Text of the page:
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rewarded. when the president of the united states sends a message that it's okay to come, then they do and that's increased the influx at least tenfold. >> we just heard from mike emanuel about the issues involving school kids in terms of this influx having to put them in school, clothe them, oftentimes having to feed them at lunch and those kind of things. give us a sense of the other challenges that this influx is causing in arizona in addition to the schools. have you seen an increase in crime? what's happening on the ground? >> well, there's a genuine concern for the children in arizona. and, you know, i used to head the children's department or the office for children in arizona some years ago, so i have a great concern for these children. but what is profoundly significant that i think this administration misses is that when they send this message, as they did, it creates additional children coming over and they make that long, very dangerous trek across the border. now, i don't want to shift gears on you, but i also serve on the armed services committee, and
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the great danger we have more than anything else related to border security in arizona is the nexus to national security. some of us have talked about that a long time, but people don't realize that there are really only two components to any national security threat. that's intent and capacity. and this president has ignored the intent of enemies like isis to exploit a porous border. if they ever gain the capacity to hurt us, i just have to say to you with iran on the cuss -- cusp of potentially gaining a nuclear weapons capability, we could see a situation where terrorists gain access toeapons of nuclear terrorism could fall across this world and if that happens, this president will be remembered in history as the one who stood by with a golf club in his hand and let it happen. >> we do know that isis has been looking and at least there's chatter on some of their social media accounts about exploiting the porous nature of the southern border in terms of being able to bring people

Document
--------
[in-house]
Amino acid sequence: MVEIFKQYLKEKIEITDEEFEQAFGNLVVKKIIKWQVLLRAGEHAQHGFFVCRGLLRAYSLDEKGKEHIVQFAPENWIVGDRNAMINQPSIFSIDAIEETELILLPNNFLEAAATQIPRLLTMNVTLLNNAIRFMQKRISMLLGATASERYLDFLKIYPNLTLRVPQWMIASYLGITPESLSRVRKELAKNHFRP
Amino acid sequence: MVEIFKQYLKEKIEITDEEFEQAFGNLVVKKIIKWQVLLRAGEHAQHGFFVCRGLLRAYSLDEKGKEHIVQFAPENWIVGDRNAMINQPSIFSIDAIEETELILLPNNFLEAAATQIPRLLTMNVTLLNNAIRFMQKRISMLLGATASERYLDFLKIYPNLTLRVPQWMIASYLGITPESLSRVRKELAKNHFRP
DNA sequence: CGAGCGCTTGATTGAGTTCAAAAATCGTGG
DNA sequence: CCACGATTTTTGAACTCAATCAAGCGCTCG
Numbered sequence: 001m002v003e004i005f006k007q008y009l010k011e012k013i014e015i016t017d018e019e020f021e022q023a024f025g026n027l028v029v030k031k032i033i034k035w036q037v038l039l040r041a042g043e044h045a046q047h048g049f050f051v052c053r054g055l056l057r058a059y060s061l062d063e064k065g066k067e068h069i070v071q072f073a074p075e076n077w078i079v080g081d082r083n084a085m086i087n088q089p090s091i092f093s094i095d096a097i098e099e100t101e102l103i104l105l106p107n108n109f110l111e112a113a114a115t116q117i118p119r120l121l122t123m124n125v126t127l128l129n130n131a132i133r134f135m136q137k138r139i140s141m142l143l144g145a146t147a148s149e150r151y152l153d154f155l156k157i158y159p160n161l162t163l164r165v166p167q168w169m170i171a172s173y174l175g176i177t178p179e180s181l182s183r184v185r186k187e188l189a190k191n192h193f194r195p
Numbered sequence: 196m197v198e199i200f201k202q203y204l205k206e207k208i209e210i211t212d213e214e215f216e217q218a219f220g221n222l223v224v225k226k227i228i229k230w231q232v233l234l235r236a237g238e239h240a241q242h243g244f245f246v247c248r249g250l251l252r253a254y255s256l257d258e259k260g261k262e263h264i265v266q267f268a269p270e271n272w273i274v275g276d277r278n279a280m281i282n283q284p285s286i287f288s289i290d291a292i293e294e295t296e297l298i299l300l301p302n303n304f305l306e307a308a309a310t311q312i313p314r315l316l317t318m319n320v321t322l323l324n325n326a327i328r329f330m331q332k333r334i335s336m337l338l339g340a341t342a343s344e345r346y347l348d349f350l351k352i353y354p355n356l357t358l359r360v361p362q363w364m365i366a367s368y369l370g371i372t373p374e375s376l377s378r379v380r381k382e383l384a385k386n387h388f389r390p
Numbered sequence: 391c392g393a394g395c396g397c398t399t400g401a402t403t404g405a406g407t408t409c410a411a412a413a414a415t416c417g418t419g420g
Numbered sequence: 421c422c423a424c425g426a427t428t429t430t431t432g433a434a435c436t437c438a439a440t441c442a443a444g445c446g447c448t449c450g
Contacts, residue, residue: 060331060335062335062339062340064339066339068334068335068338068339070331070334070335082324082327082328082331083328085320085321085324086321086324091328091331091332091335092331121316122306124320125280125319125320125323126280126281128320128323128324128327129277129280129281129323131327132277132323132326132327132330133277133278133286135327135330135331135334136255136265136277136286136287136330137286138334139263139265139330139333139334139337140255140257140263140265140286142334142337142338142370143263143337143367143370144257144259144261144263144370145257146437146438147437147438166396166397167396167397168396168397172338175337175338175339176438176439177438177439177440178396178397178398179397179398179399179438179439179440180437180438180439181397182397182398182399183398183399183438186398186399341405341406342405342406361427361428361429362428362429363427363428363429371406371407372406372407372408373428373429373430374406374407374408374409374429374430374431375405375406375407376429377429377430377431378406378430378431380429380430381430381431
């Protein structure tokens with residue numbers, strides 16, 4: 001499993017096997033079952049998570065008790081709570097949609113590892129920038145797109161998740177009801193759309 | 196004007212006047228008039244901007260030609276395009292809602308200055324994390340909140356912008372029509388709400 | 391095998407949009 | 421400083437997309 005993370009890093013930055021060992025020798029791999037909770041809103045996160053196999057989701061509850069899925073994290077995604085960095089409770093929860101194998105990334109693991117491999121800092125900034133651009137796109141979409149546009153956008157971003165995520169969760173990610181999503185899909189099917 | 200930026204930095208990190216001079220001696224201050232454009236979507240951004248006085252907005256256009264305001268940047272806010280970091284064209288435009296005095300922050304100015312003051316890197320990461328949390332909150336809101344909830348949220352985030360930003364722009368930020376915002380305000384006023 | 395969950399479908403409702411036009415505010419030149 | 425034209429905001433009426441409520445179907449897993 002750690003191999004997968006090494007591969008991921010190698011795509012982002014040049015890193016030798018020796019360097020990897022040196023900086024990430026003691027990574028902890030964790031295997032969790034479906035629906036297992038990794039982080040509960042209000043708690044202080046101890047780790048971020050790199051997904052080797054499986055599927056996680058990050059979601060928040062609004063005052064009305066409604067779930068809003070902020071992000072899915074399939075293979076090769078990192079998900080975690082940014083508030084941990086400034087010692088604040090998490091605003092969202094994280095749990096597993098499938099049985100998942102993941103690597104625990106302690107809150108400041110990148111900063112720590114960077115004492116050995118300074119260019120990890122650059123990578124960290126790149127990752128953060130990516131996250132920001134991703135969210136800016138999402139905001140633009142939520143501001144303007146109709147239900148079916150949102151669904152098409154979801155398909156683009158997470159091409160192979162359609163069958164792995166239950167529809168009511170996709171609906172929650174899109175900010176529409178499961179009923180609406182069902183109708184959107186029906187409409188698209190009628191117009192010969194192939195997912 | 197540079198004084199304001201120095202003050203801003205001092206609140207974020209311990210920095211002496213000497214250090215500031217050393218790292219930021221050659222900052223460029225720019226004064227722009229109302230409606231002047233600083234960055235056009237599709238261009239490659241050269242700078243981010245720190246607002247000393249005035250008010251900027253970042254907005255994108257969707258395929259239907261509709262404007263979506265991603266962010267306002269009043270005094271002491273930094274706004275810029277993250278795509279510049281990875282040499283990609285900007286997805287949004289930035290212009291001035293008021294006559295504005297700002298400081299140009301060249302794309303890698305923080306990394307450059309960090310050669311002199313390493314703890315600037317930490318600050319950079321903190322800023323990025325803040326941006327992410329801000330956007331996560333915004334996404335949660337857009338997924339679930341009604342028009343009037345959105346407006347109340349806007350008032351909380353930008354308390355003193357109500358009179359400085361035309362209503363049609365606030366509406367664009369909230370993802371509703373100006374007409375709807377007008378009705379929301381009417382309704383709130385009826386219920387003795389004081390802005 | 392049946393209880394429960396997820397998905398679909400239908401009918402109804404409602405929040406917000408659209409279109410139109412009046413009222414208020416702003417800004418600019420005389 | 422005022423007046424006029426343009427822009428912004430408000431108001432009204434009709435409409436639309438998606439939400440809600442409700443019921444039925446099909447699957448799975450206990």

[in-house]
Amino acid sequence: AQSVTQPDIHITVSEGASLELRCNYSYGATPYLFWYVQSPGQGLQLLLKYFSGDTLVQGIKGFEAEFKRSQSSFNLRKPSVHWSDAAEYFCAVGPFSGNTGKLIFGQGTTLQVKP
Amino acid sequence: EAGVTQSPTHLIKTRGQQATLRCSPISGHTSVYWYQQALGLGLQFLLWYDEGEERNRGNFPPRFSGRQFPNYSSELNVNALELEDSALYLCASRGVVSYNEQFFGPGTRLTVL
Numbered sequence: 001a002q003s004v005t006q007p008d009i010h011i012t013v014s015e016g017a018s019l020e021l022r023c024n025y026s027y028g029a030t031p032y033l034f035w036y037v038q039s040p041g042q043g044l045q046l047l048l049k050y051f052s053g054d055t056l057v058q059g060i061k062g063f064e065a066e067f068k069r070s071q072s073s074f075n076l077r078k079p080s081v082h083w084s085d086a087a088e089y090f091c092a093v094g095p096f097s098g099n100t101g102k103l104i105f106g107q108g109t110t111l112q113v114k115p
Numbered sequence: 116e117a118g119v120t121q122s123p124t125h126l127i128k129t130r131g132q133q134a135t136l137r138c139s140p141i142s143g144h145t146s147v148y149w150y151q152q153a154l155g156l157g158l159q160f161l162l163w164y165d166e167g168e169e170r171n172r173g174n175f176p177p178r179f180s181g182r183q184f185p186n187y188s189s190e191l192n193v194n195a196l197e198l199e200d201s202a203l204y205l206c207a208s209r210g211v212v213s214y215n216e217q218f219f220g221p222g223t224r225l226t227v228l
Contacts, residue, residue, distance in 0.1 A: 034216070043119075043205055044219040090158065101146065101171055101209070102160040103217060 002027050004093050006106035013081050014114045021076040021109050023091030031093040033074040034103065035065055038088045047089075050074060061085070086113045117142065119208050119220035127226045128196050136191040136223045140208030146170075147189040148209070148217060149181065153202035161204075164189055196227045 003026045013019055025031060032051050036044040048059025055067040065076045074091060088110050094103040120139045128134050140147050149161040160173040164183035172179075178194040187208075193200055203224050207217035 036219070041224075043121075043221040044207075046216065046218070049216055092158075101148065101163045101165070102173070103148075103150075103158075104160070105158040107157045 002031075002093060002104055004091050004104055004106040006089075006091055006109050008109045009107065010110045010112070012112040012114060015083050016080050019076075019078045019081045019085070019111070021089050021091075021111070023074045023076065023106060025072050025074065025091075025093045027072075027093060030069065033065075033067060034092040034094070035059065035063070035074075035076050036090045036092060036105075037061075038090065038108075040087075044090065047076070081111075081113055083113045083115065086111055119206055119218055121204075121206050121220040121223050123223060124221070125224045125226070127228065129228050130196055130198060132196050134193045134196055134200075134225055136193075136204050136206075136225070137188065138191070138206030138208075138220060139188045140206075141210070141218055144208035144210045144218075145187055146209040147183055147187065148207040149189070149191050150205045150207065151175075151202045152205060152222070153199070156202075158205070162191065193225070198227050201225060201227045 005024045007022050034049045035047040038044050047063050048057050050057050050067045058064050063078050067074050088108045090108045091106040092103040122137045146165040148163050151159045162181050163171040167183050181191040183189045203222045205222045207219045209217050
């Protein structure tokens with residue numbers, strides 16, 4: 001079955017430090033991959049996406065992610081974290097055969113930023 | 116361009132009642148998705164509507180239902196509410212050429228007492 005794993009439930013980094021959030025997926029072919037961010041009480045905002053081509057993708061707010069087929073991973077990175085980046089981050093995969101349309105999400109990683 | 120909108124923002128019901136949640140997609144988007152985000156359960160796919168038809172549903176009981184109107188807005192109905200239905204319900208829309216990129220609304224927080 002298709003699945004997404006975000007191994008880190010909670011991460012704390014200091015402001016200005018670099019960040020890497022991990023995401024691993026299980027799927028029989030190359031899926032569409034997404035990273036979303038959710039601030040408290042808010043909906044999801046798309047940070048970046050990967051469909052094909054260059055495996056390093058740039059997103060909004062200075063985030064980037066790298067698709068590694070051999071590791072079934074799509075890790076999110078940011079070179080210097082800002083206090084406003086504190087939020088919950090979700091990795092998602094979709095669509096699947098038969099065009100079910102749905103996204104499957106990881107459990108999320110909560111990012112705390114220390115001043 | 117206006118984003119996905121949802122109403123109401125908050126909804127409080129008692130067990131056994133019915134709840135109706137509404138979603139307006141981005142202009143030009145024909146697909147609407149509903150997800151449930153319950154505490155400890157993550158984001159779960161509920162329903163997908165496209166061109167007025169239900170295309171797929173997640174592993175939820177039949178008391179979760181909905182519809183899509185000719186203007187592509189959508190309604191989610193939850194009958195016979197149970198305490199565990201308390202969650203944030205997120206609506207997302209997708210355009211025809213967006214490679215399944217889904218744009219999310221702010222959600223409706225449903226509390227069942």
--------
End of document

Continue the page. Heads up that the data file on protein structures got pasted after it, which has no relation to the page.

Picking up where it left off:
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across. do you think that this issue of the president possibly delaying any kind of action on the border is one of good policy in the sense that he's trying to make sure that he gets it right, or is this playing politics because he doesn't want to take executive nx a way that could hurt democrats come the midterm? >> well, i don't want to be uncharitable but that's an obvious answer in my judgment because he's done it before related to obamacare and other things. he is putting off the decision to deal with this, but the fact remains that he plans not only to circumvent congress and the american people but to do something he knows they don't want. but in this case, in the world that we live in now with isis in the world that in my judgment has developed because of his policies, he is now placing innocent american citizens at risk and it is a disgrace that is bigger than my ability to articulate. >> that is a very chilling understanding of the problem as you see it. quickly, from the folks that